Downpours in Bedfordshire

It wasn’t just a show of sound and light though; after a long build up in which the bump and I slowly melted under a fairly oppressive cloud of intense humidity, the heavens opened. The downpours were long and penetrating – just what the veg patches needed – and the Smallest Smallholding has, as expected, gone into overdrive and everything is growing at a rate of knots.

Raspberries, calabrese, parsnips, peas and more in the long patch

Raspberries, calabrese, parsnips, peas and more in the long patch

My onions and perennial wallflowers were the only plant life that took a beating from the storm, whilst everything else has thrived with a heady combination of hot days and squally showers. Another benefit of this mix of sunshine and rain is that the soil is virtually fluffy, so weeds (even the mile-long tap roots of thuggish alkinet) are so easy to pull. This, together with my no dig approach, has meant that keeping on top of the veg patches has been so easy.

Bumble bee enjoying a geranium

So it’s the first week of June and the veg is romping away, the roses are blooming and the Smallest Smallholding is just so full. This time of year is so invigorating. Armies of honey bees and fat bumblebees are jigging and rubbing themselves with tangible glee all over our geraniums, lavender, foxgloves, toadflax and alliums. The fledged blackbirds are out in force, and the hedgehogs are resolutely on slug duty at night. I’m having a battle of wills with an undisclosed feathered or furry critter who keeps pulling out my strawberry plants (two miserable looking plants have survived) and it’s all a bit wild and out of control… and when I stand back and look… there’s still so, so much to do.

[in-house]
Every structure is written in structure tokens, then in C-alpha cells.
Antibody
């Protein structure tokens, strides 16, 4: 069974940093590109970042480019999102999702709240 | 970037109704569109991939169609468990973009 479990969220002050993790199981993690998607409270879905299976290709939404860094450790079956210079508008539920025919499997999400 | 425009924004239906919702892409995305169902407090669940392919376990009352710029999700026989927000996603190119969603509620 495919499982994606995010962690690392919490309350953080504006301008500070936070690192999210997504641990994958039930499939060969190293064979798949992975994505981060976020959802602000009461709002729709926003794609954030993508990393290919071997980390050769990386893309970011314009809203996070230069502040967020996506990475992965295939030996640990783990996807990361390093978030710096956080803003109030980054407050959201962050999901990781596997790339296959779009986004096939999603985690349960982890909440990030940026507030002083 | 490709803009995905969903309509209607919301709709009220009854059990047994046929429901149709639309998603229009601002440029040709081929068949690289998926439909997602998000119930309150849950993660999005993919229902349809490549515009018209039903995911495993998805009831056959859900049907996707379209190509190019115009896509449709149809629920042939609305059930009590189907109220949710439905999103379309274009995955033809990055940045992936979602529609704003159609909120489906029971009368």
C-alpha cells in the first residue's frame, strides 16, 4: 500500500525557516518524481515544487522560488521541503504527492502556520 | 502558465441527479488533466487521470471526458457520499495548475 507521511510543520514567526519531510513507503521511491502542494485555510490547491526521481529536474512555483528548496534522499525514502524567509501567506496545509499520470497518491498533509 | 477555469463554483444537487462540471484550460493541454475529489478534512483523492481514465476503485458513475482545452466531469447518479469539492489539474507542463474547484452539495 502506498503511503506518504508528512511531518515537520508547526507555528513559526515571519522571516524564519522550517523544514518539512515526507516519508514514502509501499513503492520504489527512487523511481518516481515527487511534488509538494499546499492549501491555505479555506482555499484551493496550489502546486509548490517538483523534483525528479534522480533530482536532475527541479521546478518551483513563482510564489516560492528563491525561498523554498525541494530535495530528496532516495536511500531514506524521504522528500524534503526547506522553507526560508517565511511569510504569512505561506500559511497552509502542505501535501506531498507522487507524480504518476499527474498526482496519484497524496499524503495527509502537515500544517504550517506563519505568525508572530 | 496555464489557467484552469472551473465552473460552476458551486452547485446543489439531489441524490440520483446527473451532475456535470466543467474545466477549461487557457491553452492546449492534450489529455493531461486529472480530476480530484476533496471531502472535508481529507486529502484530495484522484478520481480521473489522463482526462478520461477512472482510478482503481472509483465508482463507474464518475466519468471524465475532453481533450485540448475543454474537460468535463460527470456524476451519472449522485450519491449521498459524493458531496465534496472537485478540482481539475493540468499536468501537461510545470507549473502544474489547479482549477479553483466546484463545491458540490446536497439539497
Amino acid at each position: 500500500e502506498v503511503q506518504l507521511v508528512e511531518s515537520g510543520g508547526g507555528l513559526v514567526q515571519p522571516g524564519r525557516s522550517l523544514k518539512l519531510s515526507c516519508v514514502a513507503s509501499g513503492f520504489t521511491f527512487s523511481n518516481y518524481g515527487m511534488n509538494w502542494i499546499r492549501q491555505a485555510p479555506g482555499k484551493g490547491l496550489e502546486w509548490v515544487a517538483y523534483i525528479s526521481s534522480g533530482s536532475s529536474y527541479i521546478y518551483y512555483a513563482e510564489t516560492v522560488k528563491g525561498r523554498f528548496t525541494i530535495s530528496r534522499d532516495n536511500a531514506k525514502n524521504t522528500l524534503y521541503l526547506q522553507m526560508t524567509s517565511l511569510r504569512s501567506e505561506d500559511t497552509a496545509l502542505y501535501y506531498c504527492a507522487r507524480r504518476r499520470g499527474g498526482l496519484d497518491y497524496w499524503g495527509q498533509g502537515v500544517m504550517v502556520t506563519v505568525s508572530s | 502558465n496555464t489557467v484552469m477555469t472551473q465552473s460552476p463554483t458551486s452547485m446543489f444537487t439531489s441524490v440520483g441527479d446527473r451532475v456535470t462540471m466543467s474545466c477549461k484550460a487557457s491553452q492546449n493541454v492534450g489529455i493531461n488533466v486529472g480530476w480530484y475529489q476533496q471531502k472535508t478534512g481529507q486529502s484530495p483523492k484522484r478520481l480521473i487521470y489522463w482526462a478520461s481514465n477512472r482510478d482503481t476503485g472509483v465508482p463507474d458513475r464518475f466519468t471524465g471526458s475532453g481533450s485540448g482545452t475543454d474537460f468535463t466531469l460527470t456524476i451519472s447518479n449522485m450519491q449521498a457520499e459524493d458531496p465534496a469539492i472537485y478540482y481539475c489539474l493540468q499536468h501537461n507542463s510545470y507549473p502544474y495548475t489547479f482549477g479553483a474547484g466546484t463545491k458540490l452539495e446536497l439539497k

But do you know what? It’s totally OK. It’s keeping me busy, occupied, and dare I say it… happy.

Podding peas

And in three weeks I shall be on maternity leave. Yes, we have a list of things as long as my arm to do in the house before my due date, including some significant renovations and decorating, but I can’t keep my mind off my vegetable patches, my borders, my plans for everything.

I should be worried, I should be brimming with anxiety and how the hell I’m going to cope with the weeks and months ahead. The state of the house should have me wringing my hands and raging. But somehow, my garden is taking that energy and channelling it into something positive. Something I can build on in the future, and something I can make good with.

Early pea flowers